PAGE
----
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Traffic safety activists in Brooklyn say McGuinness Boulevard redesign is inadequate. Here's what they want.

Activists call for redesign of McGuinness Boulevard in Brooklyn
Activists call for redesign of McGuinness Boulevard in Brooklyn 02:21

NEW YORK - Traffic safety advocates in Brooklyn are pushing for a major redesign of a roadway they call unsafe.

They're calling on the Department of Transportation to implement the plan on a heavily trafficked one-mile stretch of McGuinness Boulevard in Greenpoint, but the change could mean bad news for businesses in the area.

"Make McGuinness Safe" wants protected bike lanes, reduced traffic lanes

On Friday, activists from a group called "Make McGuinness Safe" pushed Mayor Eric Adams and the DOT to stick to their original plan that includes reducing a lane of traffic in both directions and creating protected bike lanes. 

"When we go through the data and see that there's a crash every two days, a serious injury every eight days, that shouldn't be something that we just say is OK. And that's just all happening on McGuinness Boulevard," says NYC Public Advocate Jumaane Williams. 

The original plan was unveiled last May, but after heavy opposition from some local businesses, the mayor asked DOT to update the redesign and billed it as a compromise. It includes a bike lane and a so-called flex lane -- sometimes for driving, sometimes for parking. Work began last summer.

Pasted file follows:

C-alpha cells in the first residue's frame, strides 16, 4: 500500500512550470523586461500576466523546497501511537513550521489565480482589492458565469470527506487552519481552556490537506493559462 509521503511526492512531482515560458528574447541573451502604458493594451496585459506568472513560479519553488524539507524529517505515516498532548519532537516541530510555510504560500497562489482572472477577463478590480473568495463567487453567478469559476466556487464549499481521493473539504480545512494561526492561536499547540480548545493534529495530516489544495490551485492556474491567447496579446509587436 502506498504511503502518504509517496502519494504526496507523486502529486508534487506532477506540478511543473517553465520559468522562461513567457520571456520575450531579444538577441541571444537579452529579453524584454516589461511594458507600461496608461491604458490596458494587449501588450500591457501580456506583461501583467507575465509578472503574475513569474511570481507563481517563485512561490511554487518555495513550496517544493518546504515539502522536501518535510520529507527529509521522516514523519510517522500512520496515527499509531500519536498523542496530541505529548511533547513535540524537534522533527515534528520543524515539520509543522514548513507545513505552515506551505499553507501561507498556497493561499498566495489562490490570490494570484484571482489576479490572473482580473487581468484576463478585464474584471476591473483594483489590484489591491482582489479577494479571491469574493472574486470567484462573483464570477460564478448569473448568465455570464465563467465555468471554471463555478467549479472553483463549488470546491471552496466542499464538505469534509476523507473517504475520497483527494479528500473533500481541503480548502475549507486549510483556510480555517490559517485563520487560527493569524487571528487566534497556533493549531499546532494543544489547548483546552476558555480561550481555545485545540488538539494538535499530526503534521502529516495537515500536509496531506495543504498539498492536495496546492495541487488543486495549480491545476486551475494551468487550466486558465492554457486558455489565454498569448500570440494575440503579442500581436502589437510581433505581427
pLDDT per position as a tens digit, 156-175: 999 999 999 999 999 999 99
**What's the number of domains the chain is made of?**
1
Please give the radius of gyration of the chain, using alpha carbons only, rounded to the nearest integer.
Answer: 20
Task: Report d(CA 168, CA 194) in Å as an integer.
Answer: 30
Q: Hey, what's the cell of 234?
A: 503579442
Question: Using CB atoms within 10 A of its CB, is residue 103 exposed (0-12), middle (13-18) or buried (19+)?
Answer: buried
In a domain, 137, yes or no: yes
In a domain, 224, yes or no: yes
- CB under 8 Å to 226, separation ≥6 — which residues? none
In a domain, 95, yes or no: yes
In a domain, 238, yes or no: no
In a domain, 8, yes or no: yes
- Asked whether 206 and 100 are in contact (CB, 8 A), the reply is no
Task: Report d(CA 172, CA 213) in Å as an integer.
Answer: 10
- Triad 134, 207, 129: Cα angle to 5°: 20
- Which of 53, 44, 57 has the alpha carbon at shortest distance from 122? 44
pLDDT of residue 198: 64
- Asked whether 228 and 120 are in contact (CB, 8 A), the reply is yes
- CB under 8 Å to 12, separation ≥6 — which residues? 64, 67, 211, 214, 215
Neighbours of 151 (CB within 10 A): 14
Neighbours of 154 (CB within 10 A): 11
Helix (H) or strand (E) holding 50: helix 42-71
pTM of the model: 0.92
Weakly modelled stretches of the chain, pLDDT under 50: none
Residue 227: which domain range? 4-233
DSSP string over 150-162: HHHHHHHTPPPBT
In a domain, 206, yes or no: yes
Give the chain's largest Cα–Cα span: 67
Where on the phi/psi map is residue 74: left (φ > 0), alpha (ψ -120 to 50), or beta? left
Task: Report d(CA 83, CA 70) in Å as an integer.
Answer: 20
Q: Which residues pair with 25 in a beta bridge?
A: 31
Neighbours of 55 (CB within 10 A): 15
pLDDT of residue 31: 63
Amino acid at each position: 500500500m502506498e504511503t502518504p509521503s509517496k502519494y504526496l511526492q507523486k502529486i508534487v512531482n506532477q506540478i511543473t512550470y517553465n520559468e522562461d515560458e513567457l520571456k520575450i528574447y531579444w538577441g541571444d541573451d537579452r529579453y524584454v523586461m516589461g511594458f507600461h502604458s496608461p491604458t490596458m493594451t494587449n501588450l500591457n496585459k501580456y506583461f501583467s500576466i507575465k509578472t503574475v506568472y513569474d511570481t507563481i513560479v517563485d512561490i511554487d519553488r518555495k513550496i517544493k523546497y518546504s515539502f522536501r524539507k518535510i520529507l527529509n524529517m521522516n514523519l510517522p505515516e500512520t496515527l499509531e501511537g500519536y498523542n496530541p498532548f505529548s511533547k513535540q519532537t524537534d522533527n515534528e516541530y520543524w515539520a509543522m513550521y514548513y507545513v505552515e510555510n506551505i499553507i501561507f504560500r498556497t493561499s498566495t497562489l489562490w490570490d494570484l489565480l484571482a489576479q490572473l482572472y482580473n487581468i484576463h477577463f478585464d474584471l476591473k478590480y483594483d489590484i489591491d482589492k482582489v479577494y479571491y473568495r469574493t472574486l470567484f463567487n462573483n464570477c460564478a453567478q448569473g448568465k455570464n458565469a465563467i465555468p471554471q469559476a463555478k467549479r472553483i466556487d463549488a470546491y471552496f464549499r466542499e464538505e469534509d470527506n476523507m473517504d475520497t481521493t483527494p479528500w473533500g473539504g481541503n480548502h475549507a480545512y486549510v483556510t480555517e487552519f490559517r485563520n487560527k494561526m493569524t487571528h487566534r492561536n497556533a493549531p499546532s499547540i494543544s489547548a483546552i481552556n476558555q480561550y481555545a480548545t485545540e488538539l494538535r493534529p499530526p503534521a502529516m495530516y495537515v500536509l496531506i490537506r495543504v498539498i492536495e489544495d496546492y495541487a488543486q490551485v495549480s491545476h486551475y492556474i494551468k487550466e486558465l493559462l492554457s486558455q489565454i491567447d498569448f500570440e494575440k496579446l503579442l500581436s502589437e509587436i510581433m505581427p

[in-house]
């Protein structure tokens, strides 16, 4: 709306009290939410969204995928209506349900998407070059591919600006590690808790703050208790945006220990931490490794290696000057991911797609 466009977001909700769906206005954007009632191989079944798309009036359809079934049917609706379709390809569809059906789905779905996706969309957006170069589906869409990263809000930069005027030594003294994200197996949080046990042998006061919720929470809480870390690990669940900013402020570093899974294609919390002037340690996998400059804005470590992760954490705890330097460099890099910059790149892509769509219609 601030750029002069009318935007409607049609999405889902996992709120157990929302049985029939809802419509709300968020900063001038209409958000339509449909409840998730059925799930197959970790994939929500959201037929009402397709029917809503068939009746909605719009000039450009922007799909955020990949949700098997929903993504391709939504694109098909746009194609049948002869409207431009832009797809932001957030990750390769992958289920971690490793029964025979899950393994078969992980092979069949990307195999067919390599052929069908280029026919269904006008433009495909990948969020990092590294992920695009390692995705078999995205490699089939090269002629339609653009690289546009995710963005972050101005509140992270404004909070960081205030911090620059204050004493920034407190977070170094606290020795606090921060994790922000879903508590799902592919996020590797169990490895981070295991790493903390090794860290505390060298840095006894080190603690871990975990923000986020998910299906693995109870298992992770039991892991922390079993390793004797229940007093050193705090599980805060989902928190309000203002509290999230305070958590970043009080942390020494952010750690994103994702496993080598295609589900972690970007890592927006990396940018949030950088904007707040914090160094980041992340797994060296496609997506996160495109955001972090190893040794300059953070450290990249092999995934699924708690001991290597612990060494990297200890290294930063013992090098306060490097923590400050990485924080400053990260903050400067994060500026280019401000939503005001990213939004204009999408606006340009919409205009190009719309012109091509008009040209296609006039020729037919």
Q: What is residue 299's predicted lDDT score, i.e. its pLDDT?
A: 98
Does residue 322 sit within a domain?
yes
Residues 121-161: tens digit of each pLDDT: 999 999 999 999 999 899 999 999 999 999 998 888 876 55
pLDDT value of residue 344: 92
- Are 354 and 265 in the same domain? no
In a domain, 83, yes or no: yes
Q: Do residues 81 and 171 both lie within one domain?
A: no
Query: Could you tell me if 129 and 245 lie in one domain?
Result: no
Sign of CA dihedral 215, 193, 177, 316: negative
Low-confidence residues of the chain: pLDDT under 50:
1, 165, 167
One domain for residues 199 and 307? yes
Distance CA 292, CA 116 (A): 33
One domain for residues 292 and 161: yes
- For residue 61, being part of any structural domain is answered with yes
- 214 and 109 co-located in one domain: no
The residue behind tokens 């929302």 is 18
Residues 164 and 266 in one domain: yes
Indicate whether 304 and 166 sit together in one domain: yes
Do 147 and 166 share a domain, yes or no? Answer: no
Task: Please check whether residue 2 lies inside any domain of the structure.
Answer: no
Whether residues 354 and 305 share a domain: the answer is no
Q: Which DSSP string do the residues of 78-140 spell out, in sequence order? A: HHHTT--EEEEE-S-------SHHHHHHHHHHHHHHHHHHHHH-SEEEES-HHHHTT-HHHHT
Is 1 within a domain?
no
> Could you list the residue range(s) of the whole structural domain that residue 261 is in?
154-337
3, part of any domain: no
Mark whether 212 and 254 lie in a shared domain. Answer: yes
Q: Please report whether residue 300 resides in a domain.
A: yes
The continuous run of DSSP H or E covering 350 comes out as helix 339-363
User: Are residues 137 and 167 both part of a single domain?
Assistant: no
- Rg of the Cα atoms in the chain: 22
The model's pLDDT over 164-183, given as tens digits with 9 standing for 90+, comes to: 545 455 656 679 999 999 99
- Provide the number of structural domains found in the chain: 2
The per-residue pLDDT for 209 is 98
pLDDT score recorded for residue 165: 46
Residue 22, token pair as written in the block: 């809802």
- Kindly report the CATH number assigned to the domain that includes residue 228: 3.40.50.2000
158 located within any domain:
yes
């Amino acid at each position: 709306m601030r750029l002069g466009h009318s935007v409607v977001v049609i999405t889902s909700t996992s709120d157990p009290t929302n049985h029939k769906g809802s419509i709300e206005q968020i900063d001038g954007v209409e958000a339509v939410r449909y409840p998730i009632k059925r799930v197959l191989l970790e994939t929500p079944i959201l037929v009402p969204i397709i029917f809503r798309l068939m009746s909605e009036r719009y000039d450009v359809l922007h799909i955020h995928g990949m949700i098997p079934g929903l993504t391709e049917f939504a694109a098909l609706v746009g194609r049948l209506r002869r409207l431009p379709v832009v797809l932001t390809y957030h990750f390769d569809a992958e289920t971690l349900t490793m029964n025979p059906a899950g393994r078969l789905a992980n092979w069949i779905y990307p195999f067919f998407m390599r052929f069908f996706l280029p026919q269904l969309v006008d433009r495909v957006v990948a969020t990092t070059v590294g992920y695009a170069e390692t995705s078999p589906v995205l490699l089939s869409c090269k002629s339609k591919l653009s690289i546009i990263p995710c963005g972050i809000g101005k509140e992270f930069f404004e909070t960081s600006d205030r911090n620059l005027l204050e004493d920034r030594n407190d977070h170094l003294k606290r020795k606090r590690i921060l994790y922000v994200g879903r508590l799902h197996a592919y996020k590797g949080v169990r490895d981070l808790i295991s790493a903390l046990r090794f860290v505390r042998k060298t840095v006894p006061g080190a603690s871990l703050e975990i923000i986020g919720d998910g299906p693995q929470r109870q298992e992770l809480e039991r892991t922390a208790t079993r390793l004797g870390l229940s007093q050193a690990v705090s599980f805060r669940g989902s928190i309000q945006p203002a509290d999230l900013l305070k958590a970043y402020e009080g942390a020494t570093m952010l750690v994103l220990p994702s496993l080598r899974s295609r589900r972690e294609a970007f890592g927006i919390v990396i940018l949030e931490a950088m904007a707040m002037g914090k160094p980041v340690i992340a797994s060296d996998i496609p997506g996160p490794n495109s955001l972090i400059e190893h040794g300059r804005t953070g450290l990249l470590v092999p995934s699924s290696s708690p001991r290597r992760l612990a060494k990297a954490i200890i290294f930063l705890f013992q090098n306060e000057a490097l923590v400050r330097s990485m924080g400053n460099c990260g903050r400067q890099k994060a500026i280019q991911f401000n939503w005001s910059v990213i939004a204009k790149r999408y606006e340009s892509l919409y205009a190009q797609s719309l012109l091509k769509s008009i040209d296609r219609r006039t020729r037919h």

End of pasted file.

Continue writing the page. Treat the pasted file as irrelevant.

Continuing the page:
"The bike lanes are always blocked. There is longer crossing distances for pedestrians. There's a general sense of just absolute confusion about who's supposed to be where, when," says Bronwyn Brightner, member of Make McGuinness Safe.

"Over 10,000 neighbors in the Greenpoint community have signed a petition to make McGuinness safe. Every elected official in the community supports this plan to make McGuinness safe. The mayor is ignoring us," adds Councilmemner Lincoln Restler, who represents this district.

Business owners want to "Keep McGuinness Moving"

Last September, tensions flared when local businesses from an opposing group called "Keep McGuinness Moving" protested against the changes, saying it will bring traffic to a standstill.

"It would become too difficult for productions to actually function properly in a city that is already difficult logistically," explained Nicholas Saad, owner of That Cat Camera Support, at the time.

DOT says it resumed work on the redesign on Tuesday, after a long break during the winter. The last few months, it has been monitoring the effects of the redesign on the northern end of the corridor, and says they're going to use that analysis to inform the way they approach the south corridor redesign, which is still up in the air. 

Commissioner Ydanis Rodriguez responded in a statement that reads:

"Traffic safety is a key priority for Mayor Adams, and we are delivering a redesign of McGuinness Boulevard that will make this corridor safer for everyone. Too many New Yorkers have been injured or lost their lives on McGuinness Boulevard, and working with the community we will continue to make significant safety improvements."

Friday, activists with yellow flowers called out the names of people who have been killed on this road since its creation. 

Have a story idea or tip in Brooklyn? Email Hannah by CLICKING HERE.

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